5 Priorities

Priorities shift over time. Can your major initiative change alongside your priorities? Do you have a way to measure your organization’s larger mission or put an executive’s changing priorities into a greater context?

6 Stakeholders

Leaders tend to narrow an initiative to the people they believe should be the stakeholders, and in the process, they watershed away anyone they think will be an interference. Even if they don’t do this overtly, their biases cause them to favor those who are advocates of the initiative. Narrowing stakeholder perspectives can limit critical feedback. Have you appropriately defined your stakeholders in an unbiased way in order to capture all types of feedback?

7 Business Process and Rules Maturity

In a company or back-office system that is more than five years old, most people tend to only understand the top layer of rules and processes. They lack a deep understanding of those rules and processes, which can become a major hindrance when attempting to implement an initiative. How can you deepen the understanding of these processes within your organization in order to effectively implement change?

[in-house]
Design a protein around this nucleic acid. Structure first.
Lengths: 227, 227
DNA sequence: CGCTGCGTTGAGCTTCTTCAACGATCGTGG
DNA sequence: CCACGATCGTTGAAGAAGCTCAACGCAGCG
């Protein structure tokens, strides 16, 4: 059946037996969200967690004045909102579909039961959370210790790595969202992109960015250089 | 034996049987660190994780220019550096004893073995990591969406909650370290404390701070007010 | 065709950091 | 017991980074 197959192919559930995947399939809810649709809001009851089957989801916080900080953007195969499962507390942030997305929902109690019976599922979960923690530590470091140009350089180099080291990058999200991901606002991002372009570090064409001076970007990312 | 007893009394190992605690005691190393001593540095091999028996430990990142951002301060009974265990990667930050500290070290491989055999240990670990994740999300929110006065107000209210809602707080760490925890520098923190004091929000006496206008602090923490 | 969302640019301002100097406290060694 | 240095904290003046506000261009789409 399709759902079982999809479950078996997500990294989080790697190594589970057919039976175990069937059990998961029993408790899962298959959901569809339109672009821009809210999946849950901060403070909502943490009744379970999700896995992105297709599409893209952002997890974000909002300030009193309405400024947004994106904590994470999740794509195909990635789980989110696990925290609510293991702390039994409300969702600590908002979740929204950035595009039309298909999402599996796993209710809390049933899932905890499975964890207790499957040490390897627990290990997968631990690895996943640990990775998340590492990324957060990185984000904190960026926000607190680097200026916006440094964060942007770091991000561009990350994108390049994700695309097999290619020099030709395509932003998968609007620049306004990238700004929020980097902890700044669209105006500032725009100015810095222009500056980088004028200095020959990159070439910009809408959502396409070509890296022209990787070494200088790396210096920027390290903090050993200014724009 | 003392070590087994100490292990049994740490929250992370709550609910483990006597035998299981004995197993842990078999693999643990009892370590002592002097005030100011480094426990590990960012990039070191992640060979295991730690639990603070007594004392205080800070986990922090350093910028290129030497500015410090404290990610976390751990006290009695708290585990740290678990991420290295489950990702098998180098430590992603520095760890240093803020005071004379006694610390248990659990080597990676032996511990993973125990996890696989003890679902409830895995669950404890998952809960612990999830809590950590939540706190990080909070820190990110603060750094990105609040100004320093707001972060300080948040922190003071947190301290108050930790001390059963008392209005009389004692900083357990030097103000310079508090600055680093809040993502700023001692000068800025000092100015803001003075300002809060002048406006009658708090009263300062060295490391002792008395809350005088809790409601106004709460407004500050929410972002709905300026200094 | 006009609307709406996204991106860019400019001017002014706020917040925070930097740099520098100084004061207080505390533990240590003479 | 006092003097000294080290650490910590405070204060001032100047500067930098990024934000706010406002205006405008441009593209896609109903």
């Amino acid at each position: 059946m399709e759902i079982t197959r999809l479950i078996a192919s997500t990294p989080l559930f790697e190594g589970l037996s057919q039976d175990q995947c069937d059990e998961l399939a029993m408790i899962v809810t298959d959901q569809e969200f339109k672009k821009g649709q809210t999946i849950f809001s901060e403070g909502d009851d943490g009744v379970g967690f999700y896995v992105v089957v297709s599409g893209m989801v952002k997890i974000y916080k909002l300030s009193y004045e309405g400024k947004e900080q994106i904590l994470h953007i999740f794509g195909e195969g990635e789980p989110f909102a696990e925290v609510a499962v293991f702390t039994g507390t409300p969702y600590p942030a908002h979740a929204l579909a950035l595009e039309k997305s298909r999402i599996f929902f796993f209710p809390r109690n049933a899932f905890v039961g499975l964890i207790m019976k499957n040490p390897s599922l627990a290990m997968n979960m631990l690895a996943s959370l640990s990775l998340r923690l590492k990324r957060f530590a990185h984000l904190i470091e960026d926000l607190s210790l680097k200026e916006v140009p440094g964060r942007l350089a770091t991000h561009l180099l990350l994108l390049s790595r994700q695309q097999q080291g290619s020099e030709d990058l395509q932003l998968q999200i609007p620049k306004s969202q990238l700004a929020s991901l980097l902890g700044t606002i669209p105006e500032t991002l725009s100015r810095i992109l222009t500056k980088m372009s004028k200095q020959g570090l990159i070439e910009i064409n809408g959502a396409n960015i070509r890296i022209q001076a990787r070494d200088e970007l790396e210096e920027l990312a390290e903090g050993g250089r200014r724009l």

8 Business Capabilities

When adding a new initiative, are you adding to the workload of a business unit that is already struggling to keep up? Will the added workload require new skills, capacity or knowledge that doesn’t currently exist in the business unit?

9 Governance

Do you have a governance process that is well-known by the people participating? Is it well-structured and well-articulated, or overly complex? Does it conflict with other decision-making processes or operating units? If the new initiative doesn’t follow established governance, it will cost the project valuable time getting everyone on the same page.

10 Decision-Making

Every organization, department and operating unit has its own decision-making culture and approach, so the effectiveness of that culture needs to be measured. You need to make sure you have a decision model that complements the initiative. If you have an initiative that moves quickly, but your operating unit has a decision-making model that is meticulous and slow rolling, you’re going to run into a problem.